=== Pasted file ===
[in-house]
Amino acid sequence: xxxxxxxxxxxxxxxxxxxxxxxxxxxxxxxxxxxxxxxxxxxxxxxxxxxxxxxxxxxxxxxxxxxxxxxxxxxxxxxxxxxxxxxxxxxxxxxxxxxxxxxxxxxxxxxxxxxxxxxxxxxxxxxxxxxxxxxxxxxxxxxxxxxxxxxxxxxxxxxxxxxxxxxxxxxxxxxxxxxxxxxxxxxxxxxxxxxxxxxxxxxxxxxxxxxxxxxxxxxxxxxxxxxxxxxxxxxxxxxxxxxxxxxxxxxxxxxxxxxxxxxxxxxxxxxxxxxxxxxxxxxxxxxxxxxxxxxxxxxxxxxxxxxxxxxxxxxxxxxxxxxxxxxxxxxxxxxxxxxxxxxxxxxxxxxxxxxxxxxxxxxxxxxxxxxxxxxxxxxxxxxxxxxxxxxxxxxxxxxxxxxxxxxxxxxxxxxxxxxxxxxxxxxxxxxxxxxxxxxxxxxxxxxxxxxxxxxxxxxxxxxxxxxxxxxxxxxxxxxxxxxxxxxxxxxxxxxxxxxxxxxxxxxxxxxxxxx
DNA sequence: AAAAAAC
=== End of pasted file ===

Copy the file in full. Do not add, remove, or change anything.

[in-house]
Amino acid sequence: xxxxxxxxxxxxxxxxxxxxxxxxxxxxxxxxxxxxxxxxxxxxxxxxxxxxxxxxxxxxxxxxxxxxxxxxxxxxxxxxxxxxxxxxxxxxxxxxxxxxxxxxxxxxxxxxxxxxxxxxxxxxxxxxxxxxxxxxxxxxxxxxxxxxxxxxxxxxxxxxxxxxxxxxxxxxxxxxxxxxxxxxxxxxxxxxxxxxxxxxxxxxxxxxxxxxxxxxxxxxxxxxxxxxxxxxxxxxxxxxxxxxxxxxxxxxxxxxxxxxxxxxxxxxxxxxxxxxxxxxxxxxxxxxxxxxxxxxxxxxxxxxxxxxxxxxxxxxxxxxxxxxxxxxxxxxxxxxxxxxxxxxxxxxxxxxxxxxxxxxxxxxxxxxxxxxxxxxxxxxxxxxxxxxxxxxxxxxxxxxxxxxxxxxxxxxxxxxxxxxxxxxxxxxxxxxxxxxxxxxxxxxxxxxxxxxxxxxxxxxxxxxxxxxxxxxxxxxxxxxxxxxxxxxxxxxxxxxxxxxxxxxxxxxxxxxxxx
DNA sequence: AAAAAAC